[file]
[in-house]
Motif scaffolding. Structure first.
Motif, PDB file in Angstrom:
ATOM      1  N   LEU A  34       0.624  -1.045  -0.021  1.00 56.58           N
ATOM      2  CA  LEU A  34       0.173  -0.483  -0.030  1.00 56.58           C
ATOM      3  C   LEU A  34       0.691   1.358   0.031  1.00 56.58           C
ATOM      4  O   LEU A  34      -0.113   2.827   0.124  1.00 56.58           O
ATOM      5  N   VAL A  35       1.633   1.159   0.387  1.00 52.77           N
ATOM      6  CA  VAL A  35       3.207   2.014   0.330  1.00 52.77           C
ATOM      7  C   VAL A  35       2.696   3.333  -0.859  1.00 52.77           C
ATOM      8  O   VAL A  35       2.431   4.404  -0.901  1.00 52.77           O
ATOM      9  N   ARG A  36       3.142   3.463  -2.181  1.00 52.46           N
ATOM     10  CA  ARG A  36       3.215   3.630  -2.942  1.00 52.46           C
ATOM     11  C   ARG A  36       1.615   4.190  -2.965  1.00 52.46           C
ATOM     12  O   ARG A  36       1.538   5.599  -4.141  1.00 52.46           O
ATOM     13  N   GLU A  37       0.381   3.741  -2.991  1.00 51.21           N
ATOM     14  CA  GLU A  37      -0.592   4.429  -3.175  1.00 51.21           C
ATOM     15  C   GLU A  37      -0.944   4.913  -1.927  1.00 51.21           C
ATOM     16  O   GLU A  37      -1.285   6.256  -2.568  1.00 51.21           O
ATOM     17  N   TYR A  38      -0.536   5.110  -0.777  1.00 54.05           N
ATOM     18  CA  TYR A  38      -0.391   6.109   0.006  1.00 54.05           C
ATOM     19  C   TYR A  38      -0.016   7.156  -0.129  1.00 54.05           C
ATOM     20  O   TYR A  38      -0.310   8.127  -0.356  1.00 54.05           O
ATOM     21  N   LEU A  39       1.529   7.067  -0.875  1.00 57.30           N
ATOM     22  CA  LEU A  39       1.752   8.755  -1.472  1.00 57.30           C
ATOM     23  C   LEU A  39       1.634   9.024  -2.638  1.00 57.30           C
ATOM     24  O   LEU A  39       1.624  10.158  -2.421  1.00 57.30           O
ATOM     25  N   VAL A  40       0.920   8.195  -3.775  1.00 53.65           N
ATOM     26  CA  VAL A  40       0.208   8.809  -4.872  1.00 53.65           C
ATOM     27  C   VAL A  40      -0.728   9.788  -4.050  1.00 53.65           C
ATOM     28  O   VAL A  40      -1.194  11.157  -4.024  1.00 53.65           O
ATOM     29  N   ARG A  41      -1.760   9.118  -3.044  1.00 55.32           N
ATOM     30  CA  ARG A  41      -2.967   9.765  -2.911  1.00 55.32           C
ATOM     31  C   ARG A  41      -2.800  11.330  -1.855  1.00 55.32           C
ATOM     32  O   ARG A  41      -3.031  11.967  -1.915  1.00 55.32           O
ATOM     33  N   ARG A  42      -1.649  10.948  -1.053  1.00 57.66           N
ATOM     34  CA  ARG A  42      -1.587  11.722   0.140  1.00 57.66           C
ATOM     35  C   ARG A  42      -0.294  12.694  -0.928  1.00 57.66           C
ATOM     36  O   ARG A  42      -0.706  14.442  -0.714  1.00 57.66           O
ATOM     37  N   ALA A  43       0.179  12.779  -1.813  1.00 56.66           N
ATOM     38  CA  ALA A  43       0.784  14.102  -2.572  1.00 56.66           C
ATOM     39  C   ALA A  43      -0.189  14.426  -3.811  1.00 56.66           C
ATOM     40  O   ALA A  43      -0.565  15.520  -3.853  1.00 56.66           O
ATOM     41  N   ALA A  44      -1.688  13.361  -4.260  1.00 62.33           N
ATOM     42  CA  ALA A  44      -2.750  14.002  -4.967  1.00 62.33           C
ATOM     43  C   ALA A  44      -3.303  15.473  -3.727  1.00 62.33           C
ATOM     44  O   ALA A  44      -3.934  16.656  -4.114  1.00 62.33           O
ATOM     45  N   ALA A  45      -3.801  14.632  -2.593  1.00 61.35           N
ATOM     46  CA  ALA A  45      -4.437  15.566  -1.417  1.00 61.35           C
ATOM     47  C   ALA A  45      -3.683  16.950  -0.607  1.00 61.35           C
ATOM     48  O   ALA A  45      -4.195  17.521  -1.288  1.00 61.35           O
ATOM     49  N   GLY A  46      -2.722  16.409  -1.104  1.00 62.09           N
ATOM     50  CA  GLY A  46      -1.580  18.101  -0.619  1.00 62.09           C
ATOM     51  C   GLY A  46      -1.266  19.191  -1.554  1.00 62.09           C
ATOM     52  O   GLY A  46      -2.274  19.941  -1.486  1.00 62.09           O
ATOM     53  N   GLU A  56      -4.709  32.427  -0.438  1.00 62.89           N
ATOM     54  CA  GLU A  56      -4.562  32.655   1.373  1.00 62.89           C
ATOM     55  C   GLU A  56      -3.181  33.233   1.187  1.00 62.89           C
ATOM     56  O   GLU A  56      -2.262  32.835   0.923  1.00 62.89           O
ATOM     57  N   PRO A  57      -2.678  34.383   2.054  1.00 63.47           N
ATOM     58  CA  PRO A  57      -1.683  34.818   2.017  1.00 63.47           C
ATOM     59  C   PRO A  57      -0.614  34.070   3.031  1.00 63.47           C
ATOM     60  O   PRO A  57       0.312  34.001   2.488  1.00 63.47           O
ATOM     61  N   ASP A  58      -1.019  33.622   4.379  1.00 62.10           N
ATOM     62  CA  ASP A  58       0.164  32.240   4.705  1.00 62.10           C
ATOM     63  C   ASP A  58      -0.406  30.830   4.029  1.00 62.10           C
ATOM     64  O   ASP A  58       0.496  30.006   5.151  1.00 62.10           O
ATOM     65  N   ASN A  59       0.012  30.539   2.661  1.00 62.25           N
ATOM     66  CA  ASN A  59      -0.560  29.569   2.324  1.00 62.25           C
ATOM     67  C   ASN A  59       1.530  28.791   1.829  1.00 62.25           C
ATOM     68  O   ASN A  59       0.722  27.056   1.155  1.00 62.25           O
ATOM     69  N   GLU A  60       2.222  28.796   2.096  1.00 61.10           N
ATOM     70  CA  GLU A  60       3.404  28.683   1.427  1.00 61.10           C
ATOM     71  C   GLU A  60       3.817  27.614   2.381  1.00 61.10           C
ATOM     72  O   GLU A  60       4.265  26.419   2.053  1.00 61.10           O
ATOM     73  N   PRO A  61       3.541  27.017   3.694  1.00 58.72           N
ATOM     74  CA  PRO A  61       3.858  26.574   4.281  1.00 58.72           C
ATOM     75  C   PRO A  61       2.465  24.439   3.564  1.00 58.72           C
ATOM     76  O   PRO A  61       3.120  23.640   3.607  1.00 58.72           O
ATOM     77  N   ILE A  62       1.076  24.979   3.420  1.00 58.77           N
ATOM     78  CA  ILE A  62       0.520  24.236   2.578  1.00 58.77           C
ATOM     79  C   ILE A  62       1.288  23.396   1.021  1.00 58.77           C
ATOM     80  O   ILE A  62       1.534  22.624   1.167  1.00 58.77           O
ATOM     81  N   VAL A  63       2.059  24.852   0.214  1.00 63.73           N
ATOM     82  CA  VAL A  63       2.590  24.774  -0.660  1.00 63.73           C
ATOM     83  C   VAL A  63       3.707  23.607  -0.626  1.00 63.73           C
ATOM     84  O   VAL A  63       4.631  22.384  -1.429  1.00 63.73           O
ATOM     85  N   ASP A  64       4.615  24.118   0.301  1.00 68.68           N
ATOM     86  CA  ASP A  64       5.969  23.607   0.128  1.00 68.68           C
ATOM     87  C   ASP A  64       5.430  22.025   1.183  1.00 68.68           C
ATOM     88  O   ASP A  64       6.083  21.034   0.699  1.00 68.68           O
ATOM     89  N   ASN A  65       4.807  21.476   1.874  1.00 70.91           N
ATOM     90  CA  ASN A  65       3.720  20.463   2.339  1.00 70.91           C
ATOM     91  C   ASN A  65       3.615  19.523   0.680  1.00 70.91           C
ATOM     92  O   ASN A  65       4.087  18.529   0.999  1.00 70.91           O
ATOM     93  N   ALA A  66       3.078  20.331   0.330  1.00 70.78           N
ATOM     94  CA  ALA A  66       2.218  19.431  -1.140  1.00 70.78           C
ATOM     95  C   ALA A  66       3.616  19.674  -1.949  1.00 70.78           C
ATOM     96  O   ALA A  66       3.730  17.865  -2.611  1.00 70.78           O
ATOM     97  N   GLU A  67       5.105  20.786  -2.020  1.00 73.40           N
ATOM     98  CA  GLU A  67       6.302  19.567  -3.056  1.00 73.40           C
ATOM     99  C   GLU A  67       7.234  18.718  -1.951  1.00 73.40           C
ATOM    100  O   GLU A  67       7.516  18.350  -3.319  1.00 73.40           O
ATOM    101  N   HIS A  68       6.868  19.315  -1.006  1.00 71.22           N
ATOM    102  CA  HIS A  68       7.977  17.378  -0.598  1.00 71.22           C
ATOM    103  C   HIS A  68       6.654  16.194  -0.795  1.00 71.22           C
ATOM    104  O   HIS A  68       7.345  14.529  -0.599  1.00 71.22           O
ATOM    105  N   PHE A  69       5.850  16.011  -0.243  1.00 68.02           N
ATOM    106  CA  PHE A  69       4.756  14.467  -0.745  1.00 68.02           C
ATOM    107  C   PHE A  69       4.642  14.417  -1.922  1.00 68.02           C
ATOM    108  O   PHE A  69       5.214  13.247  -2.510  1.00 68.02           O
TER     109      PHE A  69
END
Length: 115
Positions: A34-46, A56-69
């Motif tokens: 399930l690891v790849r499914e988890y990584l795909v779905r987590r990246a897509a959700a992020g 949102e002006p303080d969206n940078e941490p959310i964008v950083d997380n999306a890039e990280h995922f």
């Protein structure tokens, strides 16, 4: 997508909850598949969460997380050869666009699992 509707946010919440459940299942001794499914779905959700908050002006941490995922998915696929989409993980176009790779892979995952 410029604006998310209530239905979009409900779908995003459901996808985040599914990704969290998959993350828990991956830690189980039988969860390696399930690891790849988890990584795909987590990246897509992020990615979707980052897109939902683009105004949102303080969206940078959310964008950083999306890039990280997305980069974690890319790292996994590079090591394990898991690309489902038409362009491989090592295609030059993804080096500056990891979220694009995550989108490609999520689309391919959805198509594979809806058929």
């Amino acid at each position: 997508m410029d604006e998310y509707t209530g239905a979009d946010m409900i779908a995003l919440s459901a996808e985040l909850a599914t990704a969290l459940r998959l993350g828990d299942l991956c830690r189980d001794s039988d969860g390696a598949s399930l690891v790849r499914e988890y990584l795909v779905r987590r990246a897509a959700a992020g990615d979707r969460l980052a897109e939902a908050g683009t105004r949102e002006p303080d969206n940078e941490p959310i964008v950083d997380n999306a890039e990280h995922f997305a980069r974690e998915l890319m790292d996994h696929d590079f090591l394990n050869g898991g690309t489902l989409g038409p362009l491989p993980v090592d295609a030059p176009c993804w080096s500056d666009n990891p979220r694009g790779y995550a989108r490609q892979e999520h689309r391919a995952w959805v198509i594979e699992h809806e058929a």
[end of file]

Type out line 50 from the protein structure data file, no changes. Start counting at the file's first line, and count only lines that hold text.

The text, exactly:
ATOM     47  C   ALA A  45      -3.683  16.950  -0.607  1.00 61.35           C